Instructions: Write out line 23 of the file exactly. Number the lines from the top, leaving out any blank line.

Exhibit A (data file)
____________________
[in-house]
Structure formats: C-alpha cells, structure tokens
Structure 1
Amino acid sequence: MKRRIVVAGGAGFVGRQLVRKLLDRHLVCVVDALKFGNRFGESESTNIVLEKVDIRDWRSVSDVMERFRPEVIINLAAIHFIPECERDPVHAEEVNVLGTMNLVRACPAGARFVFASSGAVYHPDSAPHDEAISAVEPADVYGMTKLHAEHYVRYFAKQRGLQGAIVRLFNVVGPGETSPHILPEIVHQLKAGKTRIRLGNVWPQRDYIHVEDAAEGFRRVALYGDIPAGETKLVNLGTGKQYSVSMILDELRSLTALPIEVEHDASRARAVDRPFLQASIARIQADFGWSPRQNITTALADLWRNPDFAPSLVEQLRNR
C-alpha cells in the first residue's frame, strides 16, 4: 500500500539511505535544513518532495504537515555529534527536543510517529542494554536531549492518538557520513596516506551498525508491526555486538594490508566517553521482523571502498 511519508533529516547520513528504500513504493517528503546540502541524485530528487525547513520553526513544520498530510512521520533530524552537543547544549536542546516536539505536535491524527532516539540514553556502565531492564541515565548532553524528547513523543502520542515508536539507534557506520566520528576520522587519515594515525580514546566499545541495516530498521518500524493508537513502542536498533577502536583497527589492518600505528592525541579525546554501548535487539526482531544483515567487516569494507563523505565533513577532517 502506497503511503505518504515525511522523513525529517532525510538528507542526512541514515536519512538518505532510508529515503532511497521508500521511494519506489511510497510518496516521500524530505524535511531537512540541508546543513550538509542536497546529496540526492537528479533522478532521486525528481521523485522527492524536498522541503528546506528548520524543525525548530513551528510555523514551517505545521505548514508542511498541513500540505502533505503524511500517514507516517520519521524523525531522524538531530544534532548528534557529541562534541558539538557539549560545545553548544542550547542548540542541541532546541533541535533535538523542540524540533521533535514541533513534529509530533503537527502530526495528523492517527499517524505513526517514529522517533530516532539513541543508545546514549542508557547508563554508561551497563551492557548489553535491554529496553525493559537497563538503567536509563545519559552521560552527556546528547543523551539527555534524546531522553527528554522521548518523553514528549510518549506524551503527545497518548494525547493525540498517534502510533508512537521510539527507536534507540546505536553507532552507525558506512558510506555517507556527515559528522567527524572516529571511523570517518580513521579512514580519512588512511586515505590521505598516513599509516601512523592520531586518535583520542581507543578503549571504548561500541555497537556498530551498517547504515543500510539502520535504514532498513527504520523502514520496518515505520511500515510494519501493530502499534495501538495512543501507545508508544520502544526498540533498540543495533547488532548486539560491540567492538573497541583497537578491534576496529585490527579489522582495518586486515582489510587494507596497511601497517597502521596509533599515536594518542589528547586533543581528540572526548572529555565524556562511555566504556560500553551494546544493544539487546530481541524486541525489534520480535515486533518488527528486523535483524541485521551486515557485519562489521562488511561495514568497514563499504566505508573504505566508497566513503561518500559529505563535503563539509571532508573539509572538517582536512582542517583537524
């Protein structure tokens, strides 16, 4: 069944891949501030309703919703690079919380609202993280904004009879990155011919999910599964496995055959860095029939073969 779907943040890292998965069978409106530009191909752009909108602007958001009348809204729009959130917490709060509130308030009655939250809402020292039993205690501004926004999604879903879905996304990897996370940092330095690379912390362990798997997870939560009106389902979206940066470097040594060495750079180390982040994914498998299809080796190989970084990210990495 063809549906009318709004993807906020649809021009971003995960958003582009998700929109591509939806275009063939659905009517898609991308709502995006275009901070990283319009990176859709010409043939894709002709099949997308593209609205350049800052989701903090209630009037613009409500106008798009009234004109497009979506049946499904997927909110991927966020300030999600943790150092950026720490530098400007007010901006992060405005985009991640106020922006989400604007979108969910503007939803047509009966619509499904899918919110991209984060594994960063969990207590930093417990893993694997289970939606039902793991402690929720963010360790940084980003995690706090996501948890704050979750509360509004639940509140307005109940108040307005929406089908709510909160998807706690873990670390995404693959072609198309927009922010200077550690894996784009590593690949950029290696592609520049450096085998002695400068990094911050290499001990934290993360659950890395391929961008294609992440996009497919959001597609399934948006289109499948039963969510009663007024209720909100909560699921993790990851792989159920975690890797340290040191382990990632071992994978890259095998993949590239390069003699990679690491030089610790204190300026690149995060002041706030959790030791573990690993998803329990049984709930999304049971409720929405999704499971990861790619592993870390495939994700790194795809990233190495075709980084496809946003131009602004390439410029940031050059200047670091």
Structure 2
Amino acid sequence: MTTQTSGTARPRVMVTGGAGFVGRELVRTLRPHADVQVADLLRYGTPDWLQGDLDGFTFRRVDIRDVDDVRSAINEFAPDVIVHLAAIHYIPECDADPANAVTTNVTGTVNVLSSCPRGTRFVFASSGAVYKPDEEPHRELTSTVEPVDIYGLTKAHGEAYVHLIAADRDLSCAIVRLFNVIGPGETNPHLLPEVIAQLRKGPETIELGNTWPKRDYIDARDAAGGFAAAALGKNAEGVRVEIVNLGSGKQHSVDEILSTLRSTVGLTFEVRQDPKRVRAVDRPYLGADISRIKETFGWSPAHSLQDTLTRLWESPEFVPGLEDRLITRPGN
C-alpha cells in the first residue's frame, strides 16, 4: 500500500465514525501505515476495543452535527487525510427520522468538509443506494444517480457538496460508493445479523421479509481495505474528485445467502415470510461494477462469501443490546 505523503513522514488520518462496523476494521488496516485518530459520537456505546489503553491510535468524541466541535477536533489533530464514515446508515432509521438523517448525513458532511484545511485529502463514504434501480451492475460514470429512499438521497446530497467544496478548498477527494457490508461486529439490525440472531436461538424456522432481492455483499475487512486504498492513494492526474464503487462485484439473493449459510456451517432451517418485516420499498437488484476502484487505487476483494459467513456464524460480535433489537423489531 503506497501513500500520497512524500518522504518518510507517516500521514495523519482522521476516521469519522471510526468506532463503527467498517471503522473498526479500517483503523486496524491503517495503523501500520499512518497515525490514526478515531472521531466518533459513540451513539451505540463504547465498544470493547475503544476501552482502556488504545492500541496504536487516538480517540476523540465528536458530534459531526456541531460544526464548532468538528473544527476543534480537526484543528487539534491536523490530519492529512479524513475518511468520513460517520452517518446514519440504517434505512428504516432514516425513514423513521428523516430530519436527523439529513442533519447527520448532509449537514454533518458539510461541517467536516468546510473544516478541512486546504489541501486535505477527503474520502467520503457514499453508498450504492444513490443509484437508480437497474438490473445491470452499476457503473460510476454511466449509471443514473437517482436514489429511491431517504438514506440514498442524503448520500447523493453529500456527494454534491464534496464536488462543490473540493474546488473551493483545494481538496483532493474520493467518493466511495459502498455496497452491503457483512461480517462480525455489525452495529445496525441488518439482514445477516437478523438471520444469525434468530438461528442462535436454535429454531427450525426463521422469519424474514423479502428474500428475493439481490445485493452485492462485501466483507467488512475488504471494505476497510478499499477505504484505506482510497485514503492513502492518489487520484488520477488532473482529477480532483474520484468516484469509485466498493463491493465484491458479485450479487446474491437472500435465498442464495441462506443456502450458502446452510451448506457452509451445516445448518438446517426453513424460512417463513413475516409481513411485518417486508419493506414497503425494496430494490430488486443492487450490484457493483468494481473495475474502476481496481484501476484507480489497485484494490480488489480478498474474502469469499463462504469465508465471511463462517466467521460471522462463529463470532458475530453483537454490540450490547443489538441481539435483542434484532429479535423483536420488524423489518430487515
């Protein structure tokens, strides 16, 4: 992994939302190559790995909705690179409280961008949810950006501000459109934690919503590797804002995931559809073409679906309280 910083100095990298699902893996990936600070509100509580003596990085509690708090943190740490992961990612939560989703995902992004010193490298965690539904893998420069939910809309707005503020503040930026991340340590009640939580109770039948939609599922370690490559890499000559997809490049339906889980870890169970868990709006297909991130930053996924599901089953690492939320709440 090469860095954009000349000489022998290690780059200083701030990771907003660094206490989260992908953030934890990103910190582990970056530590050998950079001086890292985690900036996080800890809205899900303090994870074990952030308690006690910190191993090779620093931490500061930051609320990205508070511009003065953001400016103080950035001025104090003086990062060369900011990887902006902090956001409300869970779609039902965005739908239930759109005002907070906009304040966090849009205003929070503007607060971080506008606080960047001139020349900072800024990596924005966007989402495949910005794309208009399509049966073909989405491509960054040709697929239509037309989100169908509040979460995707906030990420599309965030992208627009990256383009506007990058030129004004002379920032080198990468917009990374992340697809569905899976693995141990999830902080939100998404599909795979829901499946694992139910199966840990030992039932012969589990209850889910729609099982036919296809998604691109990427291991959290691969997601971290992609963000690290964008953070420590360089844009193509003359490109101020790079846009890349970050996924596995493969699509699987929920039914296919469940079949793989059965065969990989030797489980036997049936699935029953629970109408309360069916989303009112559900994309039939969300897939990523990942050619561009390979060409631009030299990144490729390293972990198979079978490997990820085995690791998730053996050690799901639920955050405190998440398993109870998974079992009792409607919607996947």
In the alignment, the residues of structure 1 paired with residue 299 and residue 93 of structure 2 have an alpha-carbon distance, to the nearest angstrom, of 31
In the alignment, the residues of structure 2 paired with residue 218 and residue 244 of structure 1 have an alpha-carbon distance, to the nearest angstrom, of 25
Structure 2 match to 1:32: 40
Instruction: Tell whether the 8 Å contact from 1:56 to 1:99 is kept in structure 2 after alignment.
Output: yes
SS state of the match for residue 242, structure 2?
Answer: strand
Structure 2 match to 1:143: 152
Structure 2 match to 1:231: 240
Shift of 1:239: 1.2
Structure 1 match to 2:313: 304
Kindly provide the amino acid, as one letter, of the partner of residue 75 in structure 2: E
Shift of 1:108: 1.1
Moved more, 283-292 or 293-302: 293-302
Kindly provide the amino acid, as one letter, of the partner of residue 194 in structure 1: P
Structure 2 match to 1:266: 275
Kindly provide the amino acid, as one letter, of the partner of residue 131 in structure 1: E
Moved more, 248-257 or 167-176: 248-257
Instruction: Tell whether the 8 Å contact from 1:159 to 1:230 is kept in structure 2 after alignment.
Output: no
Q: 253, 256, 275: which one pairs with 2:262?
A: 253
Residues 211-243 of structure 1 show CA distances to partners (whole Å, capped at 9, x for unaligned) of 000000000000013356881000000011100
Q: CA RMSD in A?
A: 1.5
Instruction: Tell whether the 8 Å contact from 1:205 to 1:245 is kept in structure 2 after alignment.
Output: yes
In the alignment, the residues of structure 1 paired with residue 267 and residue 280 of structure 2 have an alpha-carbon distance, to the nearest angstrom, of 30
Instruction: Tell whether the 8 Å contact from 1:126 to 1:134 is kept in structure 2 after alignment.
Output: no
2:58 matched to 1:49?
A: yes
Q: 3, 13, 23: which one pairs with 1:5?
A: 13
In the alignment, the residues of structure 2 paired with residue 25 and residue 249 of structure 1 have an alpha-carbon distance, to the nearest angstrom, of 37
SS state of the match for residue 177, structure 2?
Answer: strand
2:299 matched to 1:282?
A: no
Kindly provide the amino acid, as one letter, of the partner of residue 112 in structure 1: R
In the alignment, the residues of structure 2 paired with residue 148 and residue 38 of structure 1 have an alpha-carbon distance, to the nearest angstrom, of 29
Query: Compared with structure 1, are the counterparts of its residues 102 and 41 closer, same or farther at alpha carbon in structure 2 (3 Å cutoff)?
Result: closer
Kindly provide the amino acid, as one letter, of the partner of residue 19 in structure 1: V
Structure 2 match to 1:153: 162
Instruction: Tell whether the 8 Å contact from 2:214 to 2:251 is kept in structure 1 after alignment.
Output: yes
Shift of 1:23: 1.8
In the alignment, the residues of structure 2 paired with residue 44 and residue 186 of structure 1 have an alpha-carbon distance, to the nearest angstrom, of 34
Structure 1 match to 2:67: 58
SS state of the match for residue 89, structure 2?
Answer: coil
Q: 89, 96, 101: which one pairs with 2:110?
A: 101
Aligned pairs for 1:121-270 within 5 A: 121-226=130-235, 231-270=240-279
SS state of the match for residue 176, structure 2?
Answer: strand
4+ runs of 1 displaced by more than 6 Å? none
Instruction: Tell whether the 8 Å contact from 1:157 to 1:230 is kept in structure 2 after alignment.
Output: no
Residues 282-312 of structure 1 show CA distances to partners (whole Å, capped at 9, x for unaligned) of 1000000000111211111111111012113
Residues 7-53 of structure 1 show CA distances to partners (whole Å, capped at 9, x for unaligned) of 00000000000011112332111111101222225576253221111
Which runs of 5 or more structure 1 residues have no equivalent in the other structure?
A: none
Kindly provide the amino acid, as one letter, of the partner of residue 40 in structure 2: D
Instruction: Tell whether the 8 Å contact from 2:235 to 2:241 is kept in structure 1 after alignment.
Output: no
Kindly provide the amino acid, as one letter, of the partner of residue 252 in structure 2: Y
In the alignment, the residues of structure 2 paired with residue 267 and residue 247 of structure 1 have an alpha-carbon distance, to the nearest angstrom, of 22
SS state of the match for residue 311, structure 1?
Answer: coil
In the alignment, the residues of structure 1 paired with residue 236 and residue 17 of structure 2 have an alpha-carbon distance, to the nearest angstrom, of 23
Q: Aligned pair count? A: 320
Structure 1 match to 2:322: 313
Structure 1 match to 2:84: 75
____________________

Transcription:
Shift of 1:108: 1.1